Small study in China finds coronavirus living in semen of some men

Coronavirus found in semen of young men with COVID-19

Coronavirus found in semen of young men with COVID-19

"It suggests that obtaining answers to such questions should be an additional priority considering our global need to understand the dynamics of person-to-person transmission of Covid-19".

The Chinese Biotech company Sinovac is already ahead in the race of producing the vaccine against COVID-19.

Until recently, coronaviral drug discovery had been a low priority relative to efforts to fight other viral diseases such as influenza, despite the fact that previous coronaviruses were responsible for recent epidemics such as severe acute respiratory syndrome (SARS) and Middle East respiratory syndrome (MERS). And it is claiming a Phase-3 trial from World Health Organization to launch the trial in the regions of China where coronavirus still spreading rapidly. This company is developing a vaccine on a novel approach by using specially designed m-RNA. The produced antigen helps to awake the immune system and work against Coronavirus.

The findings have left scientists anxious that the deadly disease could be sexually transmitted, raising the prospect of health chiefs advising people to avoid having sex for a set time after the end of their symptoms. The Jenner Institute and Oxford Vaccine Group developed the vaccine at the University Of Oxford. There is a risk that SARS-CoV-2 in some way into the organs of the urogenital system. This result marked an initial success in the testing process. Following the results, it will enter into the clinical test of Phase II and Phase - III shortly. Older mice made more of the two proteins in nasal cells than younger mice. However, it is said that the vaccine might be costly as it is completely governed by the government of US by giving the company $483 million through the Biomedical Advanced Research and Development Authority (BARDA).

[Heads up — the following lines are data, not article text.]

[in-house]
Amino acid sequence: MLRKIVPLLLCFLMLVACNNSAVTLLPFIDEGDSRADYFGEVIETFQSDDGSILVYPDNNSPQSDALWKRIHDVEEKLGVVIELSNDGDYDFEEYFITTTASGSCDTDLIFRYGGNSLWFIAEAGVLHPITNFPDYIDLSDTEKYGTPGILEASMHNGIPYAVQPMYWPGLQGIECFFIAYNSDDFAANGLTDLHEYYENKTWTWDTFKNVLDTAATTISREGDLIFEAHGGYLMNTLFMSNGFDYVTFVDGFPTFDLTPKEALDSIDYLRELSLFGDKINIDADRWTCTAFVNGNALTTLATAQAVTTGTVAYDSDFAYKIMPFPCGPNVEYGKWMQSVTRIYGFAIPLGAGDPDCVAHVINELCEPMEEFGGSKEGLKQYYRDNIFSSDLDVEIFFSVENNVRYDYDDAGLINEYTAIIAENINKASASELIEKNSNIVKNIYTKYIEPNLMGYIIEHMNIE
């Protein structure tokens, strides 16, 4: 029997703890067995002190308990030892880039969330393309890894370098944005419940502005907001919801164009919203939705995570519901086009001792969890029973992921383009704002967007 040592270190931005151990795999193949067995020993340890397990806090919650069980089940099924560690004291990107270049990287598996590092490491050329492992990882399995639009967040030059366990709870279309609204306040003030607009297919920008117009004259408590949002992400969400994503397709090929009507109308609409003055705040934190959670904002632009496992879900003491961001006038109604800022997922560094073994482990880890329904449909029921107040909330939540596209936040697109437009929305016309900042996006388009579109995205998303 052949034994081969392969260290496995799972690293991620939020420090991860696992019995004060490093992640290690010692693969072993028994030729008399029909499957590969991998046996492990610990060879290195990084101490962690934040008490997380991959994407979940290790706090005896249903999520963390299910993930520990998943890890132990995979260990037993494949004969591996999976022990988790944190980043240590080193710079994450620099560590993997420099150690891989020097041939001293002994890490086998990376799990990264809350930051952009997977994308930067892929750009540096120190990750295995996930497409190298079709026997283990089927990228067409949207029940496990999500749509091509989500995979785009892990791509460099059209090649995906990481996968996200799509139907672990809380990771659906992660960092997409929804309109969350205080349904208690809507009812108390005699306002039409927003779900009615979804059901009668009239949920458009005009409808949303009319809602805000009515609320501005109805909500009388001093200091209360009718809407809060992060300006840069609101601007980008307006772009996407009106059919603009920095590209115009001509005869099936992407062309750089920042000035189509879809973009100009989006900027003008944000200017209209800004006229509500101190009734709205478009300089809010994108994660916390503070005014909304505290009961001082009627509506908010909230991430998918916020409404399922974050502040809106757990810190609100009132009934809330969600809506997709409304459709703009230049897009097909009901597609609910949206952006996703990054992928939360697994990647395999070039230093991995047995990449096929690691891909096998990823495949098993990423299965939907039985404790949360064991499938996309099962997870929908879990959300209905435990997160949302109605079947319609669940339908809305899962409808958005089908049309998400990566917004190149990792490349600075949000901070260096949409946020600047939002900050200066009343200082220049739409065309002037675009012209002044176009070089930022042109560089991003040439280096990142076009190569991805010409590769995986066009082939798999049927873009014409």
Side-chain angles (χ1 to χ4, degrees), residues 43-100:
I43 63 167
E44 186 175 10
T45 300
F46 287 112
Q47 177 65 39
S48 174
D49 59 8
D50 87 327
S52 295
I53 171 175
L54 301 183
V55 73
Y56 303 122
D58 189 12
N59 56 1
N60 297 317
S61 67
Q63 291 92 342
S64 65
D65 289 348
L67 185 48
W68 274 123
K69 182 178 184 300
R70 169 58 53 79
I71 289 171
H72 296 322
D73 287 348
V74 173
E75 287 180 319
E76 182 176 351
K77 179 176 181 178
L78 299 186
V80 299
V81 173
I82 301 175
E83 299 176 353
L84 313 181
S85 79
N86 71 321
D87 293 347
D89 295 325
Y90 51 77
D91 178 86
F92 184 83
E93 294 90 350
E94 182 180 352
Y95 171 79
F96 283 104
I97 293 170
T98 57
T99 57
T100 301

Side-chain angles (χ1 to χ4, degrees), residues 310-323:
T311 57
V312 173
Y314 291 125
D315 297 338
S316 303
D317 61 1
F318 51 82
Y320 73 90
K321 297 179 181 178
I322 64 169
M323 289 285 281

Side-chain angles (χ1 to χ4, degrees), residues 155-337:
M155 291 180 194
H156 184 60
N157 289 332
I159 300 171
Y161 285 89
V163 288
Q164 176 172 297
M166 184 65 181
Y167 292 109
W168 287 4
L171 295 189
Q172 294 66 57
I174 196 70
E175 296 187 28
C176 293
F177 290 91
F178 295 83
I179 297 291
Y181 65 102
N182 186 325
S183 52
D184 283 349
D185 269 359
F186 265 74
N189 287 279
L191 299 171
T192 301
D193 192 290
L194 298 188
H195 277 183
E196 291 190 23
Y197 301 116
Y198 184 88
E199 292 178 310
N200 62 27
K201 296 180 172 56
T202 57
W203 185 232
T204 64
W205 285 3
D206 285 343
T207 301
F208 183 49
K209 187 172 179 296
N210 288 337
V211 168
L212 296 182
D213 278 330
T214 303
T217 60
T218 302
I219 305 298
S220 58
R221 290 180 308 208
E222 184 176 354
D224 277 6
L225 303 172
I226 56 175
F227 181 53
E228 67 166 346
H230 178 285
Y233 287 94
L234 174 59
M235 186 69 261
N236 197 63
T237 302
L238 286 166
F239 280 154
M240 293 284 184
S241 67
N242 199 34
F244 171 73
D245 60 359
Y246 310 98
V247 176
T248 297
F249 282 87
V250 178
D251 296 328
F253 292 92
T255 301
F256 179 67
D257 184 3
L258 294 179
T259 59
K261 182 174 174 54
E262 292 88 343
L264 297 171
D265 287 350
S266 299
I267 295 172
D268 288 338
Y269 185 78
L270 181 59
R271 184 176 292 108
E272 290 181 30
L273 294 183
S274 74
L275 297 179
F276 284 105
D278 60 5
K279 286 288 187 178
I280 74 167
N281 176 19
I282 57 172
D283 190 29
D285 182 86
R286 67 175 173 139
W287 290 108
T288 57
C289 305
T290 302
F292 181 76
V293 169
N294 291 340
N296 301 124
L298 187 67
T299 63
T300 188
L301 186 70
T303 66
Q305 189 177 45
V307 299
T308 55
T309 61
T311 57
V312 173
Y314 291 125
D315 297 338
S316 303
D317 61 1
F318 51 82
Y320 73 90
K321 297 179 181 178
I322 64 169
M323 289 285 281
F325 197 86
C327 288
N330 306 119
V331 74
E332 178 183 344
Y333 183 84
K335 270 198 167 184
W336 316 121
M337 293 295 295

Interpol issues red notice for diplomat's wife Anne Sacoolas over United Kingdom death
While admitting to driving on the other side of the road, Sacoolas claimed diplomatic immunity after the crash outside the U.S. Air Force listening station at RAF Croughton and returned to the U.S. on September 15, sparking an global outcry.

Pfizer, with the help of the German pharma company BioNTech, is developing BNT162 vaccine.

The vaccine is under trials, and everything goes well it will be out in the market by October this year.

The vaccine consists of a weakened version of Chimpanzee's Adenovirus as a vector.

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